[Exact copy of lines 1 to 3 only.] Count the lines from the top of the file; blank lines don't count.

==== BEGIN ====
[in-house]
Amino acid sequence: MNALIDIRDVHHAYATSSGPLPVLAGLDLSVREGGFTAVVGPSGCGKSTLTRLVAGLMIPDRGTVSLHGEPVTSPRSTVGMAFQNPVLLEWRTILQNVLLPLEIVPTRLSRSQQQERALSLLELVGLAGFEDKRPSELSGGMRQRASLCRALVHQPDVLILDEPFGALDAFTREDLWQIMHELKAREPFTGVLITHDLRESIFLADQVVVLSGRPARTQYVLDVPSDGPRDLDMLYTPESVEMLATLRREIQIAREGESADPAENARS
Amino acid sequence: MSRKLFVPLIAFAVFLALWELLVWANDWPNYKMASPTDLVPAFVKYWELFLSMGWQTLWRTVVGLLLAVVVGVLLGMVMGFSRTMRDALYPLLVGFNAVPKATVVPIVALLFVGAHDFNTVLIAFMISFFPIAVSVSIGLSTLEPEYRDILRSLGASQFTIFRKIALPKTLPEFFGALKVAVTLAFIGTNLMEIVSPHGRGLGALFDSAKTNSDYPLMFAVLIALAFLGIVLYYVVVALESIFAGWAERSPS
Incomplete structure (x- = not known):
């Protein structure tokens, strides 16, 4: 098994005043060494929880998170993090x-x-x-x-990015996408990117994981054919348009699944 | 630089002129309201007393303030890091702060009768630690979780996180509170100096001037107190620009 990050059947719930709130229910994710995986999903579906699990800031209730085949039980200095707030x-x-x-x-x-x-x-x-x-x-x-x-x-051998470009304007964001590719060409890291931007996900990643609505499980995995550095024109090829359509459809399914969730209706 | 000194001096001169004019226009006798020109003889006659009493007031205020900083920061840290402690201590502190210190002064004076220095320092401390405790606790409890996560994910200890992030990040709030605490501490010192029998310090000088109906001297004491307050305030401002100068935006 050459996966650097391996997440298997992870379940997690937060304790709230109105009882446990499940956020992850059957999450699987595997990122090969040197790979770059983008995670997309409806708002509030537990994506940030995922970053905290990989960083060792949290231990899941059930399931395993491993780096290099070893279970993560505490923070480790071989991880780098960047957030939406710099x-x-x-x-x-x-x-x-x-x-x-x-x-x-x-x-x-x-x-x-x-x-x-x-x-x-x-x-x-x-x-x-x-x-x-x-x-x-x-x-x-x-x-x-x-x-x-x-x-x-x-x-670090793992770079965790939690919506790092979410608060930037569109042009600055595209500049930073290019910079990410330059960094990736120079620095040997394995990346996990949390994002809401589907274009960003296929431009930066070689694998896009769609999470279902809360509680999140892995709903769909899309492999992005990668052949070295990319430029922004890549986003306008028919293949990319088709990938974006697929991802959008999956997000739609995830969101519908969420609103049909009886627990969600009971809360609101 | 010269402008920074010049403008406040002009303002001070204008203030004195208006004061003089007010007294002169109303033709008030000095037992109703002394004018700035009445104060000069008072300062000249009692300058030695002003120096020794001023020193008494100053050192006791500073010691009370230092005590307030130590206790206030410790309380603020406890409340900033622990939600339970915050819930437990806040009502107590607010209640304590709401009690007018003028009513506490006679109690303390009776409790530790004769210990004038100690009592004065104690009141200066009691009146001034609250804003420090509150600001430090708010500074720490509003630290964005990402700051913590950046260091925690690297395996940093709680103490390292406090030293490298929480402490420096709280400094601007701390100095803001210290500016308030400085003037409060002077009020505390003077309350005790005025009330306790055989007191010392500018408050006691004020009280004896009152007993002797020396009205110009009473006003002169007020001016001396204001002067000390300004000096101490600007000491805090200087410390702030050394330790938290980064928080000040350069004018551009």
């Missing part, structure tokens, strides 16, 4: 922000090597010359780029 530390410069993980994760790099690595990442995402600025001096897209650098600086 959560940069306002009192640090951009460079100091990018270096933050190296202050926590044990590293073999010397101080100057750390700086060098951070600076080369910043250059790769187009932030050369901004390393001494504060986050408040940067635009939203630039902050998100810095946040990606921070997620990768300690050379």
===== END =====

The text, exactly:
[in-house]
Amino acid sequence: MNALIDIRDVHHAYATSSGPLPVLAGLDLSVREGGFTAVVGPSGCGKSTLTRLVAGLMIPDRGTVSLHGEPVTSPRSTVGMAFQNPVLLEWRTILQNVLLPLEIVPTRLSRSQQQERALSLLELVGLAGFEDKRPSELSGGMRQRASLCRALVHQPDVLILDEPFGALDAFTREDLWQIMHELKAREPFTGVLITHDLRESIFLADQVVVLSGRPARTQYVLDVPSDGPRDLDMLYTPESVEMLATLRREIQIAREGESADPAENARS
Amino acid sequence: MSRKLFVPLIAFAVFLALWELLVWANDWPNYKMASPTDLVPAFVKYWELFLSMGWQTLWRTVVGLLLAVVVGVLLGMVMGFSRTMRDALYPLLVGFNAVPKATVVPIVALLFVGAHDFNTVLIAFMISFFPIAVSVSIGLSTLEPEYRDILRSLGASQFTIFRKIALPKTLPEFFGALKVAVTLAFIGTNLMEIVSPHGRGLGALFDSAKTNSDYPLMFAVLIALAFLGIVLYYVVVALESIFAGWAERSPS